Cap gains tax precludes farmers from passing torch

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WASHINGTON, D.C., – The American Farm Bureau Federation urged Congress to reform the capital gains tax because of its detriment to young and beginning farmers. In a statement submitted to the House Ways and Means and Senate Finance Committees’ joint hearing on tax reform, AFBF said the cumbersome tax makes it difficult for current farmers to pass the torch to a new generation of agriculturalists.

Capital gains taxes apply when land and buildings from a farm or ranch are transferred to a new or expanding farmer while the owner is still alive. This occurs most often when a farmer wants to expand his or her farm or ranch to take in a son or daughter, or when a retiring farmer sells his or her business to a beginning farmer.

“Since approximately 40 percent of farmland is owned by individuals age 65 or older, capital gains taxes provide an additional barrier to entry for young farmers and ranchers at a time when it is already difficult for them to get in to the industry,” said the AFBF statement. “Capital gains tax liabilities encourage farmers to hold onto their land rather than sell it, creating a barrier for new and expanding farms and ranches to use that land for agricultural purposes.”

This added cost also increases the likelihood that farm and ranch land will be sold outside of agriculture for commercial uses to investors who are willing to pay more, causing agricultural land and open space to be lost forever.

The capital gains tax especially hurts farmers because agriculture requires large investments in land and buildings that are held for long periods of time and account for 76 percent of farmers’ assets. Further, 40 percent of all farmers report some capital gains; nearly double the share for all taxpayers. And the average amount of capital gains reported by farmers is about 50 percent higher than the average capital gain reported by other taxpayers.

“Because capital gains taxes are imposed when buildings, breeding livestock and land are sold, it is more costly for producers to shed unneeded assets to generate revenue to adapt, expand and upgrade their operations,” said the statement. “This is neither good for the long-term prosperity of farm and ranch operations or for the rural economies their operations help sustain.”

The top capital gains tax rate will increase by a third on the first of the year, from 15 percent to 20 percent. Farm Bureau supports a permanent extension of the 15 percent rate.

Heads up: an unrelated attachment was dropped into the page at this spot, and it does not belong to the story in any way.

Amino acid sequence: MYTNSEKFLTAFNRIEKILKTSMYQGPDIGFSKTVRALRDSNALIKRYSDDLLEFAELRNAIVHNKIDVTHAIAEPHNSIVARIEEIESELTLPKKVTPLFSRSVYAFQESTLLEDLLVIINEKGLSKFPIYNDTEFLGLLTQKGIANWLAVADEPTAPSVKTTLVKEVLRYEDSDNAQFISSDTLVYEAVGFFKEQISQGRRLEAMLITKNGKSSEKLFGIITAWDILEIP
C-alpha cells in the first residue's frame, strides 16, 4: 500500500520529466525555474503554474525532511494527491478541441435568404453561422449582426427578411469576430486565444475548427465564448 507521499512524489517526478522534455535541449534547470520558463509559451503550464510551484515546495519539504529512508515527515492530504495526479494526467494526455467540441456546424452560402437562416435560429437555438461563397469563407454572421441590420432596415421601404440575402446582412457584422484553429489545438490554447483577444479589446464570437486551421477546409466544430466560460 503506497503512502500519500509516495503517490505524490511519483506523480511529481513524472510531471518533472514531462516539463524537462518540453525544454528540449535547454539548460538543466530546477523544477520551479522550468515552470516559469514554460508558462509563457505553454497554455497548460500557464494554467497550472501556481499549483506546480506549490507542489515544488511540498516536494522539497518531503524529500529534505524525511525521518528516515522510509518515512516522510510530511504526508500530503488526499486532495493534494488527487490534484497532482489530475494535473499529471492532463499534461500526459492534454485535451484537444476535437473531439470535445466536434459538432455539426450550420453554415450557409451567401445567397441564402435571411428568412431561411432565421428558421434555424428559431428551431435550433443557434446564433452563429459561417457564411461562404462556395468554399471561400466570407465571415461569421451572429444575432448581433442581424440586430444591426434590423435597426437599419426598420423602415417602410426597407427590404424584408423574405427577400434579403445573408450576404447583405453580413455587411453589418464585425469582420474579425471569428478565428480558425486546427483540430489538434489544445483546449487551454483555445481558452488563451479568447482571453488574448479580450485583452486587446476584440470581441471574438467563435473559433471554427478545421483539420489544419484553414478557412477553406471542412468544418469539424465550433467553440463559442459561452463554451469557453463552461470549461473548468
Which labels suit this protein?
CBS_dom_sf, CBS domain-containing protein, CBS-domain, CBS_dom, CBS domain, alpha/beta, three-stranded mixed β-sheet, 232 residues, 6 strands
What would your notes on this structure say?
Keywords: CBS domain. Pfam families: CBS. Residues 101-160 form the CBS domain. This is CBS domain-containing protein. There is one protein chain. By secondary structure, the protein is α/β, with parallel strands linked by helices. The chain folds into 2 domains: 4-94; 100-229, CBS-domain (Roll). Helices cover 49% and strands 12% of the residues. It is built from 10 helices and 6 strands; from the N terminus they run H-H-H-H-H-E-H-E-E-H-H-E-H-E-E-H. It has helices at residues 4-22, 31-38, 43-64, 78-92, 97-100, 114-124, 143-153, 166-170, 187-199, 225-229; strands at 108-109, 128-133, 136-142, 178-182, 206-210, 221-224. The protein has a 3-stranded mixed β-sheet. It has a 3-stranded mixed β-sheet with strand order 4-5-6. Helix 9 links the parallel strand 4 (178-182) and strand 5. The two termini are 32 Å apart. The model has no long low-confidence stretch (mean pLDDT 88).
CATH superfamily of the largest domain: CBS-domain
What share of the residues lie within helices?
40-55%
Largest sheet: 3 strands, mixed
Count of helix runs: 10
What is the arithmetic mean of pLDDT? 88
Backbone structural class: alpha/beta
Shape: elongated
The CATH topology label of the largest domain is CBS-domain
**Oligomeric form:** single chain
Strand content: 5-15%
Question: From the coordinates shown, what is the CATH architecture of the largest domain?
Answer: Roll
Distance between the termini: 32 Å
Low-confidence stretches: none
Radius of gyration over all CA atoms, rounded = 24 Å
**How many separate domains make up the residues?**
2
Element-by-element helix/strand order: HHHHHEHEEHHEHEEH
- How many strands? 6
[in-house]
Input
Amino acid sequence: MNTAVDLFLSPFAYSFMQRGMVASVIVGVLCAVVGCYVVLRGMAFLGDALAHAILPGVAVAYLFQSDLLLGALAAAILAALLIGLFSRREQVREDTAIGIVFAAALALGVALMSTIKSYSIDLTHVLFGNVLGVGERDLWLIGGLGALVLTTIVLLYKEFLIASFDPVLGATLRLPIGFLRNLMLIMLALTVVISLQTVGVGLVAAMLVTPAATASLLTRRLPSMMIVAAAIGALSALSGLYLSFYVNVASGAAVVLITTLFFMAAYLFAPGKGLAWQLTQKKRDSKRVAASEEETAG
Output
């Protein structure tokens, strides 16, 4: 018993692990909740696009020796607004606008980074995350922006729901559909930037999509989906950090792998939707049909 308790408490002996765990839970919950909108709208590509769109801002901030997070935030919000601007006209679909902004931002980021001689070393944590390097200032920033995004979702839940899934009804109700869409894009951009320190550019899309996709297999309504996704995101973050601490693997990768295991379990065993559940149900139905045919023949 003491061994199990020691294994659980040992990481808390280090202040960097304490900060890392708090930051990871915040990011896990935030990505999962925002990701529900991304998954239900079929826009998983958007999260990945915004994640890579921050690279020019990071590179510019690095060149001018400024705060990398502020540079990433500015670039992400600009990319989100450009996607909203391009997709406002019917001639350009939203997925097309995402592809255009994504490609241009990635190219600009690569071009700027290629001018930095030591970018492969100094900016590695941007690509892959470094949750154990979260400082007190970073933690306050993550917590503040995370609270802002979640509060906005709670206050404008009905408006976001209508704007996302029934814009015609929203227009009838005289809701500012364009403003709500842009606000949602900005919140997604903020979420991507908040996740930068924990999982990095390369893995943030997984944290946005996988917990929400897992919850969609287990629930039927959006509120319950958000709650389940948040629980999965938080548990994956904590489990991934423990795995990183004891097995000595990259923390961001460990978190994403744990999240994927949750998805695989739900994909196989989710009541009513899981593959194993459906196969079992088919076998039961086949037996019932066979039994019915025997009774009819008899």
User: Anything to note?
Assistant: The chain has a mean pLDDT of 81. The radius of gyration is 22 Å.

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Barbara Troester    
Pennsylvania  |  September, 21, 2012 at 09:41 AM

I just attended an agricultural meeting in our area this week. The question was asked "What is the future of agriculture for our young people?" The spokesman at this meeting answered "Very, very bright". I told him that I did not totally agree with his answer. Yes, if you get your education, there are a lot of jobs available related to agriculture, but how many of the young people are going to or will be able to actually start farming unless their parents are already in the business. Well, they said there are low interest loans, etc. available. I think they missed my point. First of all with all the regulations not only on farmers but every other business, the work that full time farming takes, and the profitability in farming is sure not an encouraging career for the young people today. Most young people are not going to work like their ancestors did to make a living in farming. Some people say they are farmers, but some of those people, have big paying jobs elsewhere. They are not living on their farming business. What is the age of the average farmer today? Find out and you will understand what I am saying. The farmer needs a bigger part out of the food dollar, but everyone wants cheap food. The fact is the price of food would not have to increase that much and the farmer could still get his fair share. We are dairy farmers and I know that is true in milk industry. Our price decreases but the price on the grocery shelf does not change at all if any. Reason, there are too many pockets being filled from the time it leaves our farm till the time it hits the shelf. In case you do not know this and some people do not, the farmer has to pay to have his milk transported from his farm. PROTECT FOOD SUPPLY !

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